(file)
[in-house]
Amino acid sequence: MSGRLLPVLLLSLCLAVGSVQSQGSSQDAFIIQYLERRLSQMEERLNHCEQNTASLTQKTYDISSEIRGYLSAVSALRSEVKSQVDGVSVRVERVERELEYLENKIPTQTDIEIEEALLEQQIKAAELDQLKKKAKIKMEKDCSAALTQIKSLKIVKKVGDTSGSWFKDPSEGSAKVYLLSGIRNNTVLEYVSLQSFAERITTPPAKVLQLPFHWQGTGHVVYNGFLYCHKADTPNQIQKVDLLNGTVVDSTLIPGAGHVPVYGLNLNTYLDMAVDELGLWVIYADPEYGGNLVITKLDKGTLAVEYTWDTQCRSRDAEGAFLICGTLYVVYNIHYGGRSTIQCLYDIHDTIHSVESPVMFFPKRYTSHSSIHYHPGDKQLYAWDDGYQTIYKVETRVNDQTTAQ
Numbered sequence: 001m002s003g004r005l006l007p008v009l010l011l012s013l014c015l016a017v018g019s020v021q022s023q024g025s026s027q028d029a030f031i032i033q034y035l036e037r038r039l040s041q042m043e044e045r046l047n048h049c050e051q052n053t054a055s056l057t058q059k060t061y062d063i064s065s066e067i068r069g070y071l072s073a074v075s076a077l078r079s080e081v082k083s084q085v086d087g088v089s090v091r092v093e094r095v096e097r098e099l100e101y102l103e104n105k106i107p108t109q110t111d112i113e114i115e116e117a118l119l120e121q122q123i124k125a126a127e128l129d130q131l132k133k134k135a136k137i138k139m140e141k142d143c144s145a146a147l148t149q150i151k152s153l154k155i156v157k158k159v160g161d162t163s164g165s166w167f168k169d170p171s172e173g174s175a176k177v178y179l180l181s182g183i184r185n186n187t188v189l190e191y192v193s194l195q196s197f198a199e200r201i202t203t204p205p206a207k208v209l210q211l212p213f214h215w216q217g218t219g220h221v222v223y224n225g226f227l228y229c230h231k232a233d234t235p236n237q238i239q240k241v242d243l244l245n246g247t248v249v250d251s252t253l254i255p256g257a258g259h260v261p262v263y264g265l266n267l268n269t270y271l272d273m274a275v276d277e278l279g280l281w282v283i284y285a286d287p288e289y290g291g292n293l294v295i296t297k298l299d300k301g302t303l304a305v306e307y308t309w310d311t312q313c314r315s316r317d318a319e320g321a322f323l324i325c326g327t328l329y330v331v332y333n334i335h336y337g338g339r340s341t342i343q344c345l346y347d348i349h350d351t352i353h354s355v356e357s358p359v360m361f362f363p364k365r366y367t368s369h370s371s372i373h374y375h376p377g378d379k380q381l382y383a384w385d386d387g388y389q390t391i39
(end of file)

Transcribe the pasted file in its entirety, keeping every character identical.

[in-house]
Amino acid sequence: MSGRLLPVLLLSLCLAVGSVQSQGSSQDAFIIQYLERRLSQMEERLNHCEQNTASLTQKTYDISSEIRGYLSAVSALRSEVKSQVDGVSVRVERVERELEYLENKIPTQTDIEIEEALLEQQIKAAELDQLKKKAKIKMEKDCSAALTQIKSLKIVKKVGDTSGSWFKDPSEGSAKVYLLSGIRNNTVLEYVSLQSFAERITTPPAKVLQLPFHWQGTGHVVYNGFLYCHKADTPNQIQKVDLLNGTVVDSTLIPGAGHVPVYGLNLNTYLDMAVDELGLWVIYADPEYGGNLVITKLDKGTLAVEYTWDTQCRSRDAEGAFLICGTLYVVYNIHYGGRSTIQCLYDIHDTIHSVESPVMFFPKRYTSHSSIHYHPGDKQLYAWDDGYQTIYKVETRVNDQTTAQ
Numbered sequence: 001m002s003g004r005l006l007p008v009l010l011l012s013l014c015l016a017v018g019s020v021q022s023q024g025s026s027q028d029a030f031i032i033q034y035l036e037r038r039l040s041q042m043e044e045r046l047n048h049c050e051q052n053t054a055s056l057t058q059k060t061y062d063i064s065s066e067i068r069g070y071l072s073a074v075s076a077l078r079s080e081v082k083s084q085v086d087g088v089s090v091r092v093e094r095v096e097r098e099l100e101y102l103e104n105k106i107p108t109q110t111d112i113e114i115e116e117a118l119l120e121q122q123i124k125a126a127e128l129d130q131l132k133k134k135a136k137i138k139m140e141k142d143c144s145a146a147l148t149q150i151k152s153l154k155i156v157k158k159v160g161d162t163s164g165s166w167f168k169d170p171s172e173g174s175a176k177v178y179l180l181s182g183i184r185n186n187t188v189l190e191y192v193s194l195q196s197f198a199e200r201i202t203t204p205p206a207k208v209l210q211l212p213f214h215w216q217g218t219g220h221v222v223y224n225g226f227l228y229c230h231k232a233d234t235p236n237q238i239q240k241v242d243l244l245n246g247t248v249v250d251s252t253l254i255p256g257a258g259h260v261p262v263y264g265l266n267l268n269t270y271l272d273m274a275v276d277e278l279g280l281w282v283i284y285a286d287p288e289y290g291g292n293l294v295i296t297k298l299d300k301g302t303l304a305v306e307y308t309w310d311t312q313c314r315s316r317d318a319e320g321a322f323l324i325c326g327t328l329y330v331v332y333n334i335h336y337g338g339r340s341t342i343q344c345l346y347d348i349h350d351t352i353h354s355v356e357s358p359v360m361f362f363p364k365r366y367t368s369h370s371s372i373h374y375h376p377g378d379k380q381l382y383a384w385d386d387g388y389q390t391i39